1. Dear Drugs-Forum readers: We are a small non-profit that runs one of the most read drug information & addiction help websites in the world. We serve over 4 million readers per month, and have costs like all popular websites: servers, hosting, licenses and software. To protect our independence we do not run ads. We take no government funds. We run on donations which average $25. If everyone reading this would donate $5 then this fund raiser would be done in an hour. If Drugs-Forum is useful to you, take one minute to keep it online another year by donating whatever you can today. Donations are currently not sufficient to pay our bills and keep the site up. Your help is most welcome. Thank you.
    PLEASE HELP

Encoding of conditioned fear in central amygdala inhibitory circuits

Encoding of conditioned fear in central amygdala inhibitory circuits

  1. catseye
    Stephane Ciocchi, Cyril Herry, François Grenier, Steffen B. E. Wolff, Johannes J. Letzkus, Ioannis Vlachos, Ingrid Ehrlich, Rolf Sprengel, Karl Deisseroth, Michael B. Stadler, Christian Muller & Andreas Luthi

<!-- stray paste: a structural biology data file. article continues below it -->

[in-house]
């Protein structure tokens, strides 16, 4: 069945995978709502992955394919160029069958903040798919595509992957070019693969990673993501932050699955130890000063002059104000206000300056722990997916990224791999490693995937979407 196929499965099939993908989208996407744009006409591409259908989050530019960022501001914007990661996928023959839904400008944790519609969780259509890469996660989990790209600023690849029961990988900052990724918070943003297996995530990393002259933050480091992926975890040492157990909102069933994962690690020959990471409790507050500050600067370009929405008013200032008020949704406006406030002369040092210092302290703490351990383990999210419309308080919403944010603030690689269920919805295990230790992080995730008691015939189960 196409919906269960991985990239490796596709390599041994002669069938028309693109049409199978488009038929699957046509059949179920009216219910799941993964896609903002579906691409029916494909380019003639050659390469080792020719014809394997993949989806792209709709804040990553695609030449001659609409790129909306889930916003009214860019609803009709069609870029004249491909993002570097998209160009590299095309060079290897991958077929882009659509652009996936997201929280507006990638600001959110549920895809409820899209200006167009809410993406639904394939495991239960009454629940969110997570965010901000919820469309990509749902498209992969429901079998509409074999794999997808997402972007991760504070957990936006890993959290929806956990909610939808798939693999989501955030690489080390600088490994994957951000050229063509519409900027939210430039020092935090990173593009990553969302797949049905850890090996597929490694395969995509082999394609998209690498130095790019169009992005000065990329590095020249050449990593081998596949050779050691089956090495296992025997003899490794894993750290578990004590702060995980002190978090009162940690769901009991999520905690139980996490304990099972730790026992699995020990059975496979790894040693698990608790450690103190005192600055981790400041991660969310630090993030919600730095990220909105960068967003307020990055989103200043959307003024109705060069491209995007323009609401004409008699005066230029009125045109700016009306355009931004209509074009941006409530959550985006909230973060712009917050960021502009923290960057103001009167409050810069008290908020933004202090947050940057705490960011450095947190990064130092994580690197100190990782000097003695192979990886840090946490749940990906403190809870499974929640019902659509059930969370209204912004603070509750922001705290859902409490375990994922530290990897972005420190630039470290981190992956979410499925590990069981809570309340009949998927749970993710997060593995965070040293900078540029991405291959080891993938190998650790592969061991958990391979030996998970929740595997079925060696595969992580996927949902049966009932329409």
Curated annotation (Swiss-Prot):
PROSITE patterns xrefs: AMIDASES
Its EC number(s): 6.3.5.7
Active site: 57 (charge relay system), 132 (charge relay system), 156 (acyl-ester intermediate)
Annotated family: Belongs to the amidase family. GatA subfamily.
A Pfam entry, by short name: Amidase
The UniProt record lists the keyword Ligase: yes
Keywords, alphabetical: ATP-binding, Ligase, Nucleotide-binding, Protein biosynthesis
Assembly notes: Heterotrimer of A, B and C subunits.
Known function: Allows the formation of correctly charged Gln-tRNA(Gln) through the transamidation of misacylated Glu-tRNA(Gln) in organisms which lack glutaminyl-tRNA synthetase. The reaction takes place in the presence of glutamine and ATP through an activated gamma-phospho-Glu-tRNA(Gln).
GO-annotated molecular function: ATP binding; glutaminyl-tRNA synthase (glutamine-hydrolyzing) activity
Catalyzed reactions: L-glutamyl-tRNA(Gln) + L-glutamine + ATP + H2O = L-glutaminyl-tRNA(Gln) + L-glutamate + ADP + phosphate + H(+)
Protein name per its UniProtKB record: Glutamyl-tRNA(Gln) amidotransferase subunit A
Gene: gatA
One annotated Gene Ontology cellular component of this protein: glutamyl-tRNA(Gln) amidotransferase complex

Nature, 468, November 2010, pp277-285

    ABSTRACT:
    The central amygdala (CEA), a nucleus predominantly composed of GABAergic inhibitory neurons, is essential for fear conditioning. How the acquisition and expression of conditioned fear are encoded within CEA inhibitory circuits is not understood. Using in vivo electrophysiological, optogenetic and pharmacological approaches in mice, we show that neuronal activity in the lateral subdivision of the central amygdala (CEl) is required for fear acquisition, whereas conditioned fear responses are driven by output neurons in the medial subdivision (CEm). Functional circuit analysis
    revealed that inhibitory CEA microcircuits are highly organized and that cell-type-specific plasticity of phasic and tonic activity in the CEl to CEm pathway may gate fear expression and regulate fear generalization. Our results define the functional architecture of CEA microcircuits and their role in the acquisition and regulation of conditioned fear behaviour.